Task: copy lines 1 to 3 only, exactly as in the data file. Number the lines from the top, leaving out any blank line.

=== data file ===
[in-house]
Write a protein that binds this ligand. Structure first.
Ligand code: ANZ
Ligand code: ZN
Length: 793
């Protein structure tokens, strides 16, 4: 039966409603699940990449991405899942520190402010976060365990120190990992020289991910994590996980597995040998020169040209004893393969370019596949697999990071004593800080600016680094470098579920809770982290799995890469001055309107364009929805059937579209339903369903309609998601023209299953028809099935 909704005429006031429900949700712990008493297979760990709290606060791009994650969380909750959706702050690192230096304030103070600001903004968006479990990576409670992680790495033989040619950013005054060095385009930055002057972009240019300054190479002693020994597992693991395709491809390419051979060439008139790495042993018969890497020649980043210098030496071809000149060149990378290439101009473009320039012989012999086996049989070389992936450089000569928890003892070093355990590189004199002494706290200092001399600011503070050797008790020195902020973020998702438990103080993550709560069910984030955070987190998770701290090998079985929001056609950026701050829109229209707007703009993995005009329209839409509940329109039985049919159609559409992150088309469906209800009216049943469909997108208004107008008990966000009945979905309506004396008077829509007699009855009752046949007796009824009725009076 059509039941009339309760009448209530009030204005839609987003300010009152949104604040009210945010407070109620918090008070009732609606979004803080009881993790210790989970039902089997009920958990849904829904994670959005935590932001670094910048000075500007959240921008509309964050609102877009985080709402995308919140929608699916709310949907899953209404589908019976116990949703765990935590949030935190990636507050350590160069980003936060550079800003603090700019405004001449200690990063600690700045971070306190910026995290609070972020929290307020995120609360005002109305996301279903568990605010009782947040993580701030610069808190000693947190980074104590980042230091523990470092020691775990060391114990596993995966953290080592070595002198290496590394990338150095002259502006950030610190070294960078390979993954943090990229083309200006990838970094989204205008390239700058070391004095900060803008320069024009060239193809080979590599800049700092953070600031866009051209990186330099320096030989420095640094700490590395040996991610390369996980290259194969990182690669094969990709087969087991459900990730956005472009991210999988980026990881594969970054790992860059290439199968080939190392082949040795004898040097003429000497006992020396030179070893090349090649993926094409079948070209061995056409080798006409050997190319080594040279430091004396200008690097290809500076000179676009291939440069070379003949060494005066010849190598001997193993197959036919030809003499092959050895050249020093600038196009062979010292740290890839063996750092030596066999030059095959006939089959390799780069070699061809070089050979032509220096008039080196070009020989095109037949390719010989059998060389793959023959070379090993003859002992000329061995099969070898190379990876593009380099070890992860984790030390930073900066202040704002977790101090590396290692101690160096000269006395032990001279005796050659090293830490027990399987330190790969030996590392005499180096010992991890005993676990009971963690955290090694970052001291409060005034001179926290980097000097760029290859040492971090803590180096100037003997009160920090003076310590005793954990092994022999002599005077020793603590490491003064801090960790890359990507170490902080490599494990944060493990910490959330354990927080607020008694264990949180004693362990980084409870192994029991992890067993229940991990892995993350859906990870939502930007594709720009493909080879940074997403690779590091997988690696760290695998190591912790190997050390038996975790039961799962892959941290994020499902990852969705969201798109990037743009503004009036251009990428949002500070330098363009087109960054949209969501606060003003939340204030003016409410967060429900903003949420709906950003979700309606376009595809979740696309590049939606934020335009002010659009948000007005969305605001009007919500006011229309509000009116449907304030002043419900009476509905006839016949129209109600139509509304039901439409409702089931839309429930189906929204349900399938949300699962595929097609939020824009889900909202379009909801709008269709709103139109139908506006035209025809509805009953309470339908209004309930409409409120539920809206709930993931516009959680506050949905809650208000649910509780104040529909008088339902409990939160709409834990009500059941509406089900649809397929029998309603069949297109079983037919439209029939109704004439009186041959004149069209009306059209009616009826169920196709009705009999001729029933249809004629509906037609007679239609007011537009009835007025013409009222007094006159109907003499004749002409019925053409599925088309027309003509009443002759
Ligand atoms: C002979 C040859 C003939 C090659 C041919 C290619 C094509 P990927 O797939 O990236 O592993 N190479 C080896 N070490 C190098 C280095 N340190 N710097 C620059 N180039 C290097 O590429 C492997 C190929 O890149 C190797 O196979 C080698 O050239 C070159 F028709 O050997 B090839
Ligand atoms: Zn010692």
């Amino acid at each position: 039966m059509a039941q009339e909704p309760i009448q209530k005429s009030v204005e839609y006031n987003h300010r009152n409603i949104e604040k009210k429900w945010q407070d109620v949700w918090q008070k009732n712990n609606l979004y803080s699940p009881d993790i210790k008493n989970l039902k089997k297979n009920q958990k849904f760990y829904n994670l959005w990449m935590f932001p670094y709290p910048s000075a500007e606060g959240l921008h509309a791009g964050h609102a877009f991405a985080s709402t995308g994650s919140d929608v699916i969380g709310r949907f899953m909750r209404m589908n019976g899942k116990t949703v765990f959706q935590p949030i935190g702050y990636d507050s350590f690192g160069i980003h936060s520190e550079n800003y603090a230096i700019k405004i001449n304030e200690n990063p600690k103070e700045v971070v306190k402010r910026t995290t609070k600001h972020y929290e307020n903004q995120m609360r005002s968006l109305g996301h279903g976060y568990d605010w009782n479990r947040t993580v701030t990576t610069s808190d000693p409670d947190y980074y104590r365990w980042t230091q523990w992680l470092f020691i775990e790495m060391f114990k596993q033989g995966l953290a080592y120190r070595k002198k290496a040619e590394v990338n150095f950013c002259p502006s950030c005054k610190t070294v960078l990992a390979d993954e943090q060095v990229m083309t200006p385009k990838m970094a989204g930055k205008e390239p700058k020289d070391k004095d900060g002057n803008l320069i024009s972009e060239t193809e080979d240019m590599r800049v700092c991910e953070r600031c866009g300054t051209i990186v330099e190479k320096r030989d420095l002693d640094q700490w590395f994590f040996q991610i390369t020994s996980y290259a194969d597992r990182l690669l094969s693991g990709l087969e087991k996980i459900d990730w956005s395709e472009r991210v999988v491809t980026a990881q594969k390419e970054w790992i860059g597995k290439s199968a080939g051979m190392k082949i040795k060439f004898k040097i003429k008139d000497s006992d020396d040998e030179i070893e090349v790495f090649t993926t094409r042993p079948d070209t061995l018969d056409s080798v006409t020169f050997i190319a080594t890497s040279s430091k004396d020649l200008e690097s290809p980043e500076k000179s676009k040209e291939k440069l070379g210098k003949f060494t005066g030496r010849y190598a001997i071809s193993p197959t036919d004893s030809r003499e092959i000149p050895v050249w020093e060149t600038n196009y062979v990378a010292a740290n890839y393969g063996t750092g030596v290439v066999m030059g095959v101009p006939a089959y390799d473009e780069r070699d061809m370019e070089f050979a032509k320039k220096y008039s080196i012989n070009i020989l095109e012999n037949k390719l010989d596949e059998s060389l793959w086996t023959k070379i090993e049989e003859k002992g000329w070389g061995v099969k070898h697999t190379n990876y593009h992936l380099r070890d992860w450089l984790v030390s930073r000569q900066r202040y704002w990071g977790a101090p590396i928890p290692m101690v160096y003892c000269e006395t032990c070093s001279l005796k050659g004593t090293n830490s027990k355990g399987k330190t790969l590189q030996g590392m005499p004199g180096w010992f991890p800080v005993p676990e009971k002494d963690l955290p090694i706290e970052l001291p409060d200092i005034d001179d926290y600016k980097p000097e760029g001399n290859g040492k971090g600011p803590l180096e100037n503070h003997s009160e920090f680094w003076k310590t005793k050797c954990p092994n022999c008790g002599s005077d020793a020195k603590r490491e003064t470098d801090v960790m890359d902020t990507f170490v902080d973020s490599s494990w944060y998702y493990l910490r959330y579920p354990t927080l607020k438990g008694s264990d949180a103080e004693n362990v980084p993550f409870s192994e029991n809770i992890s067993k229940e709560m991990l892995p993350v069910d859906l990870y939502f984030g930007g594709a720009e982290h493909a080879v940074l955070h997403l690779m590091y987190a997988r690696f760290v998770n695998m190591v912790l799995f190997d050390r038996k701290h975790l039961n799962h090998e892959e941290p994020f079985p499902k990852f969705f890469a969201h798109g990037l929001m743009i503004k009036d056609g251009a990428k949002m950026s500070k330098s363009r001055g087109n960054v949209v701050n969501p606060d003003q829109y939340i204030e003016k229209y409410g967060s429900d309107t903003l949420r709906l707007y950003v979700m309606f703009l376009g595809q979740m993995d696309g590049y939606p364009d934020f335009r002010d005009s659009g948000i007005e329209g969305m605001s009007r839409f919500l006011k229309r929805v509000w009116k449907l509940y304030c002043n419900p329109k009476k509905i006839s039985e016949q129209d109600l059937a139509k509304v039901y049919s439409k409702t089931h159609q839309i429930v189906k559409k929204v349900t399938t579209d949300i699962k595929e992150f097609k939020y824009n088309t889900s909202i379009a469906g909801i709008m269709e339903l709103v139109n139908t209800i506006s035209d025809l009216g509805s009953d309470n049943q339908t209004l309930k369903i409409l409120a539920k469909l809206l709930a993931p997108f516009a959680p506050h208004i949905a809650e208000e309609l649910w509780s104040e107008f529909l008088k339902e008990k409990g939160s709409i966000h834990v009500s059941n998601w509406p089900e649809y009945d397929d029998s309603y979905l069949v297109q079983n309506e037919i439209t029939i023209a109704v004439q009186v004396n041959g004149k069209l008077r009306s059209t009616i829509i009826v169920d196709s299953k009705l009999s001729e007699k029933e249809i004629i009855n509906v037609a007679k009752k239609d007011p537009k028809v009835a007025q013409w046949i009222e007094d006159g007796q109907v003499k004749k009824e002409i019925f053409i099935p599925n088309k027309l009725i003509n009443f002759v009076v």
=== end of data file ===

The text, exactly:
[in-house]
Write a protein that binds this ligand. Structure first.
Ligand code: ANZ